Second lawsuit filed related to contaminated IV death

MONTGOMERY, AL (WAFF) - Montgomery based law firm Beasley, Allen, Crow, Methvin, Portis and Miles, P.C., filed a second wrongful death lawsuit involving IV packs filled with liquid nutritional supplements that were contaminated. The lawsuit is filed on behalf of Lyndal Robinson, whose mother, Jewell Robinson, died after receiving contaminated total parenteral nutrition (TPN) at Shelby Baptist Medical Center in Shelby County, Alabama. The lawsuit names Birmingham-based pharmaceutical supplier Meds I.V. LLC as the primary defendant.

"Mrs. Robinson, a lifelong resident of Chilton County, died because a product that was supposed to sustain life was actually the very thing that killed her," Beasley Allen Founding Shareholder Jere L. Beasley said. "We are concerned that there will be more deaths and serious injuries reported before this ordeal is over. Mrs. Robinson's family wants to see justice done and those responsible made accountable for this wrongdoing. We intend to do whatever is necessary to make sure that happens."

The bacteria were identified as Serratia marcescens, organisms that can cause infection in several sites on the body including the urinary tract, respiratory tract, eyes, and in wounds. TPN is administered intravenously and is used in patients who cannot or should not get their nutrition through eating. In this case the bacteria entered the bloodstream due to the contaminated IV fluids.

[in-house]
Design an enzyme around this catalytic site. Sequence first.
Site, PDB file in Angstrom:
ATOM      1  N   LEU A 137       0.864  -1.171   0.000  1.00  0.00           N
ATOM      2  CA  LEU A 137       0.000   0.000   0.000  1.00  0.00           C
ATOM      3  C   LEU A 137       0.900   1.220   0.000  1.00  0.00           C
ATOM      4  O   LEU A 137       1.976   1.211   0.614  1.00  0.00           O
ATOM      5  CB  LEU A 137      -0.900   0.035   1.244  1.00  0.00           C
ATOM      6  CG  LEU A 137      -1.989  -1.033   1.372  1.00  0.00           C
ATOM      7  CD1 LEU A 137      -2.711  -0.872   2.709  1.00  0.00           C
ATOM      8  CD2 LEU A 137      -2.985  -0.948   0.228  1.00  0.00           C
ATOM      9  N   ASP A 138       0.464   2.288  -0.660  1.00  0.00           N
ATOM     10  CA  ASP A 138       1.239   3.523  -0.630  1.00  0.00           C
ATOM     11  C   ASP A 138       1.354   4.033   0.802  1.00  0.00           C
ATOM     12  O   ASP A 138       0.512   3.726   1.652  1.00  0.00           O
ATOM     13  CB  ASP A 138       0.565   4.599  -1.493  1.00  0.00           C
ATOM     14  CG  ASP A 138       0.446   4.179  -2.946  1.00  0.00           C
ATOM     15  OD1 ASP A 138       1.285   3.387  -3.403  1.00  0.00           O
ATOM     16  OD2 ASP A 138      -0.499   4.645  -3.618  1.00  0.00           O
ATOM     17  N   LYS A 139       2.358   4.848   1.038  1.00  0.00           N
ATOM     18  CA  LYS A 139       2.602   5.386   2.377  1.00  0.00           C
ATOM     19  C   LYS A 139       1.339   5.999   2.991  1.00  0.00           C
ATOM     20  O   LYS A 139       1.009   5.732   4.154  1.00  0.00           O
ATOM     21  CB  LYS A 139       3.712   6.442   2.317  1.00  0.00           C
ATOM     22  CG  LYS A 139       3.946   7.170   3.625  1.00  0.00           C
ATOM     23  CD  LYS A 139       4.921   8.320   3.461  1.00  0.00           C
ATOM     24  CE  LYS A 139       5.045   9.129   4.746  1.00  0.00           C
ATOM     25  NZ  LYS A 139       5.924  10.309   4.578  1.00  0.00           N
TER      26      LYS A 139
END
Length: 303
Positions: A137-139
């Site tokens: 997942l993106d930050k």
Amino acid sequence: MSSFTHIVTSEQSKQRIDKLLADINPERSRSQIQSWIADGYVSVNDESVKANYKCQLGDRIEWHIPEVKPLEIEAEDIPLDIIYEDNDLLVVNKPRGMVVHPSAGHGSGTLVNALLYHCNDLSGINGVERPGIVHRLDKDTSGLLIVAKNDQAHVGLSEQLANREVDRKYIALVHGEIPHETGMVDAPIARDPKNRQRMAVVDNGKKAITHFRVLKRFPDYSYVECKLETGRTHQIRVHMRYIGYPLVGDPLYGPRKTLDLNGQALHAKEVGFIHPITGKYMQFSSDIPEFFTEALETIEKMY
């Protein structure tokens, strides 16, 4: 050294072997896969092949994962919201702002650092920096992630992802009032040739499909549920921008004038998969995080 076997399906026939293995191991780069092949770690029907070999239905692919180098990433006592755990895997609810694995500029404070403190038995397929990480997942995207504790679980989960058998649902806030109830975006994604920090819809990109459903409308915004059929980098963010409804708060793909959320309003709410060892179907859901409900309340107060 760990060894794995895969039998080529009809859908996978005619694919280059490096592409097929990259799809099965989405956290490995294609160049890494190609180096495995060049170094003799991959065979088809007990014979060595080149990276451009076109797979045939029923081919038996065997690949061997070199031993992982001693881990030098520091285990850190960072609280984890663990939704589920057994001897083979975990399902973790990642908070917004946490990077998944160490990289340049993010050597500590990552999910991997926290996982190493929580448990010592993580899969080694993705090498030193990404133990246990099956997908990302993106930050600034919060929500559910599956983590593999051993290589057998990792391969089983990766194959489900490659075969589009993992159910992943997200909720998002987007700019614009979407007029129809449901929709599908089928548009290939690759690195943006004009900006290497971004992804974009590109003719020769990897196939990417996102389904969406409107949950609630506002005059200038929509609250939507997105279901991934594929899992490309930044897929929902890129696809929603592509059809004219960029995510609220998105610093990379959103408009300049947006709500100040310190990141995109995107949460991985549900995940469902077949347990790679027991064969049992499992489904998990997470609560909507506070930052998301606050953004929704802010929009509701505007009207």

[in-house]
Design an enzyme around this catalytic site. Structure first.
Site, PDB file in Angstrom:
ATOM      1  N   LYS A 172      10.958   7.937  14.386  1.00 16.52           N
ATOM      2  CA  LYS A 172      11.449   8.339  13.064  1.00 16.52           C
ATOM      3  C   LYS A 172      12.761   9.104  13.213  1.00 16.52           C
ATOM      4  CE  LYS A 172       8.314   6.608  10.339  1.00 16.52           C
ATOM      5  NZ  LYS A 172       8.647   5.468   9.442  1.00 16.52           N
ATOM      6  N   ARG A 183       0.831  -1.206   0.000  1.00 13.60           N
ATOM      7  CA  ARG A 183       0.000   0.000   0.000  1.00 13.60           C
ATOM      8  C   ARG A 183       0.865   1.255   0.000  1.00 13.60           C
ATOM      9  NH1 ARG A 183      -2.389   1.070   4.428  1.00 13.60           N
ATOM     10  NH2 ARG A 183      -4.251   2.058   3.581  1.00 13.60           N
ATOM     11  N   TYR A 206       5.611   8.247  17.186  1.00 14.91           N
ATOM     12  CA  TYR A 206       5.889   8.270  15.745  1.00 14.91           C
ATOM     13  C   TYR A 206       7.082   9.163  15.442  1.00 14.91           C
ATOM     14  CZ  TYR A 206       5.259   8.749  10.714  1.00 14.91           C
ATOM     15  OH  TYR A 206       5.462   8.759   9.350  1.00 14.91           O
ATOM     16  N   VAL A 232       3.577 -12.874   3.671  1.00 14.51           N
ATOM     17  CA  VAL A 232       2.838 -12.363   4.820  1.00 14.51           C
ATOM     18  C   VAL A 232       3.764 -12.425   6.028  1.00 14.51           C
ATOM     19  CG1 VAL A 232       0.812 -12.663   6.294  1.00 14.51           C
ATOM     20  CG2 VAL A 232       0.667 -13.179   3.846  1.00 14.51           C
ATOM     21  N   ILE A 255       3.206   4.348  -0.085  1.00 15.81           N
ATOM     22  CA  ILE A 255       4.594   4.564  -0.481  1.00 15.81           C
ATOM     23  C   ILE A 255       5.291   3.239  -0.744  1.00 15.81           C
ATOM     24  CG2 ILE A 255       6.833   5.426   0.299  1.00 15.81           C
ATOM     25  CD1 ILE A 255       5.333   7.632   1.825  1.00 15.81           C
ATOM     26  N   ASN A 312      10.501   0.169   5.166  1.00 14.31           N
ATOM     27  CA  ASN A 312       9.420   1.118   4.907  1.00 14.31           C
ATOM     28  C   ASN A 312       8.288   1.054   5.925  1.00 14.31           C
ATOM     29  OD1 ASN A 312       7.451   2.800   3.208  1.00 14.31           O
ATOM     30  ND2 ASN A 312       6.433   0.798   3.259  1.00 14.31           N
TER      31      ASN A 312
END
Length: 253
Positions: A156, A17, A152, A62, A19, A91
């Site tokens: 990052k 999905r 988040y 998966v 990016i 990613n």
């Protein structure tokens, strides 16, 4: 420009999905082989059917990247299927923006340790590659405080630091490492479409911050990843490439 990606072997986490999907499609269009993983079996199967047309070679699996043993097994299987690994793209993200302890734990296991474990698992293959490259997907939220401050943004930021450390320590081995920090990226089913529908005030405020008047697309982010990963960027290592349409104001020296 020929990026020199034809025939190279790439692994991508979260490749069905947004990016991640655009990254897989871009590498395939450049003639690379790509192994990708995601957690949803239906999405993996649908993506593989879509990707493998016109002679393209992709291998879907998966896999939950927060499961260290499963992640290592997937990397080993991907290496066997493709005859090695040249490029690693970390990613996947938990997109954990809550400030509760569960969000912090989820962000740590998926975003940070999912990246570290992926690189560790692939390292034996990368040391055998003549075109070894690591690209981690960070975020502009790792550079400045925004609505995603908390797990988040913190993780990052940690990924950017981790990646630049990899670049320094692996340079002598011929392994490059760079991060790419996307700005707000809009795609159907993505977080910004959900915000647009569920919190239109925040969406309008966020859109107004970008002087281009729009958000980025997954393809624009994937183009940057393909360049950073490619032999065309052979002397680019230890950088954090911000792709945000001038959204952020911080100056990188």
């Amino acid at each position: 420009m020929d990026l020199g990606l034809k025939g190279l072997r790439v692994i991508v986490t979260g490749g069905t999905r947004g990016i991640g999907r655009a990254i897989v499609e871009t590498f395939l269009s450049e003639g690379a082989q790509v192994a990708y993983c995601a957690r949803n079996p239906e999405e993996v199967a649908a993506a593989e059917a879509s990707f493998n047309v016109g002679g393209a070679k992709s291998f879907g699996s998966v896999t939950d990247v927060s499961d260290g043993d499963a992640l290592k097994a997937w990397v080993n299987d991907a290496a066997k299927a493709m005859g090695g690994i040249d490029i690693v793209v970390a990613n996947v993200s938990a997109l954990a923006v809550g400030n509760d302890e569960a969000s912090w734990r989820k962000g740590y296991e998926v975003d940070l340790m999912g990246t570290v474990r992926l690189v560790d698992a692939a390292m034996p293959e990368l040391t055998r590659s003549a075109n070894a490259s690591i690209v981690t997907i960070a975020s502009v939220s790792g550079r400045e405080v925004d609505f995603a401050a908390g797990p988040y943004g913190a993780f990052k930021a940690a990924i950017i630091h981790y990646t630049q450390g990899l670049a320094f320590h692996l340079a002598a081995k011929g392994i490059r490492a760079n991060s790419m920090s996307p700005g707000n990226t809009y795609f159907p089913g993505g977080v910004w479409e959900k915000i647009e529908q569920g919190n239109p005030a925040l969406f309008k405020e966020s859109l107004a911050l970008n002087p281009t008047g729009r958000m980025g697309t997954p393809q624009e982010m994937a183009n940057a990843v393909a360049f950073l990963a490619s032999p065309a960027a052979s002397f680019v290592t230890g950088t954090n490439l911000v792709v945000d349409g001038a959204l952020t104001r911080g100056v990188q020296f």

The lawsuit was filed in the Circuit Court for Chilton County, Ala. The Defendants manufactured and distributed the contaminated TPN and should have known that the product was defective at the time it was placed in the stream of commerce.

Shelby Baptist Medical Center is one of six hospitals identified by the Centers for Disease Control and Prevention (CDC) where infections were confirmed. The other facilities are Princeton Baptist Medical Center, Cooper Green Mercy Hospital, Medical West, Prattville Baptist Hospital and Select Specialty Hospital, a long-term acute care hospital that operates within Trinity Medical Center.

Defendants named in the lawsuit are Meds I.V. LLC, Edward Cingoranelli, William Rogers and Bill Vise.

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Information from Beasley, Allen news release